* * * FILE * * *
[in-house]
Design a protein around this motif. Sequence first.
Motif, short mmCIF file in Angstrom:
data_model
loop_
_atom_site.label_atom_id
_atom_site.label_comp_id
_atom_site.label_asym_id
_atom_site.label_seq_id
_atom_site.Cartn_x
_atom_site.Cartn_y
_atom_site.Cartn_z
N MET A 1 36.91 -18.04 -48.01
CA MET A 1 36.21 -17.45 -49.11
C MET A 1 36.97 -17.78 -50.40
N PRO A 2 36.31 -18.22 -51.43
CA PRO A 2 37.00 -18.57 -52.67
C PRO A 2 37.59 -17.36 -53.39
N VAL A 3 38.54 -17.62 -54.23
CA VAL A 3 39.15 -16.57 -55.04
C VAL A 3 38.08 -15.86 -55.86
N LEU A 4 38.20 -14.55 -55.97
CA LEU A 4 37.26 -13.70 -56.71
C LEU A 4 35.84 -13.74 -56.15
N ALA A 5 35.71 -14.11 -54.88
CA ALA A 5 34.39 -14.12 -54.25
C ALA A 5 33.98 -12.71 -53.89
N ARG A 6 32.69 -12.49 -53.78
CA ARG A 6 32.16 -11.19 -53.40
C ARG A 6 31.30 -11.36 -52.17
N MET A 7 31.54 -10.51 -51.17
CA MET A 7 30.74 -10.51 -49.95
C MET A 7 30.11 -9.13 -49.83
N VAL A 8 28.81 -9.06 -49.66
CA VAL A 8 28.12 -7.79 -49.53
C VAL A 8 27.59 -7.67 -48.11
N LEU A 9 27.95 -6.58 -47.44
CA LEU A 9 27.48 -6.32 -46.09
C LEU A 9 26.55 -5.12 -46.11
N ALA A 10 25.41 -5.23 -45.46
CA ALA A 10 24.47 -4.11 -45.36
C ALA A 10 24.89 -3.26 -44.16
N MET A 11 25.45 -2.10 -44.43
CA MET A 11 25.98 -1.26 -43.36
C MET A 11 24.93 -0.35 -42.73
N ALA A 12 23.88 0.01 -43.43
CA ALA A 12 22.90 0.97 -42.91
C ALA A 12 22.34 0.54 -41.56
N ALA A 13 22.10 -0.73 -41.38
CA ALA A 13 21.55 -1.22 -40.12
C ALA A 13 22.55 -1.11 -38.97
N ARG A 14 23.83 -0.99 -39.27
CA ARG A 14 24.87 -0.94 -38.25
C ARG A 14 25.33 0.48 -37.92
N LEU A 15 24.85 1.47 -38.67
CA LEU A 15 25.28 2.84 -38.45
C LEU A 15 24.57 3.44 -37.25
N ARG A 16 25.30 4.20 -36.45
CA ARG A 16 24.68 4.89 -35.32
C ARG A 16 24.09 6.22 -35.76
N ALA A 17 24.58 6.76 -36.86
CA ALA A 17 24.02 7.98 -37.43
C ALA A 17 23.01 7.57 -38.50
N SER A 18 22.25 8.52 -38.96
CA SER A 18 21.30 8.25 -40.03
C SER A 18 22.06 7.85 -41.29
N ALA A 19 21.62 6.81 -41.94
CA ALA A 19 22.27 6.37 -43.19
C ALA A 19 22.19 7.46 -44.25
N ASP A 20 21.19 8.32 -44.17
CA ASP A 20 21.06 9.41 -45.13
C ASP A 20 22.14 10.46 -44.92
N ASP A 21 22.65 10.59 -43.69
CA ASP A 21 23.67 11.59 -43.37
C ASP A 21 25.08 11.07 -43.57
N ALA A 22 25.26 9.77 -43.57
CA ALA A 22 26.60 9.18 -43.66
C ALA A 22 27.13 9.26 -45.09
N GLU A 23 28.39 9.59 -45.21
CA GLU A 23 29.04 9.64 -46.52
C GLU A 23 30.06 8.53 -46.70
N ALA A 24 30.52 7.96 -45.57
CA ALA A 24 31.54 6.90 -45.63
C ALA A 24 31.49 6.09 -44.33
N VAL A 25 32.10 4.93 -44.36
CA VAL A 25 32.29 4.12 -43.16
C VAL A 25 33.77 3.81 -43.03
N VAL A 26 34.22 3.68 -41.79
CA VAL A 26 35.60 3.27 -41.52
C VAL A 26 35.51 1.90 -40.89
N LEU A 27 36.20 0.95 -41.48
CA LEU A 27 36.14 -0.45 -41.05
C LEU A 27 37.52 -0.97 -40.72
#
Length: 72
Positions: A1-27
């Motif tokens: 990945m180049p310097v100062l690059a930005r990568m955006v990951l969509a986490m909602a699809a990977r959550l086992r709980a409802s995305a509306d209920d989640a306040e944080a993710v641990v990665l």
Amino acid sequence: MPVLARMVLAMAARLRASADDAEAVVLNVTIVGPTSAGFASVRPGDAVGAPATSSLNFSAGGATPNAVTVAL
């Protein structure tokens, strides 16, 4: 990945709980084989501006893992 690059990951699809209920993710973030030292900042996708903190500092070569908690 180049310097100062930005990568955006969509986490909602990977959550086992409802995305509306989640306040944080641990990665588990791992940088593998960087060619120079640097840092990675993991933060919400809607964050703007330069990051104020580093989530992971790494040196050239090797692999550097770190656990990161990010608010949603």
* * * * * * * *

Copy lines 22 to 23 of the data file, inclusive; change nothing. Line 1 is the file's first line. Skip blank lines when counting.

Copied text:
N LEU A 4 38.20 -14.55 -55.97
CA LEU A 4 37.26 -13.70 -56.71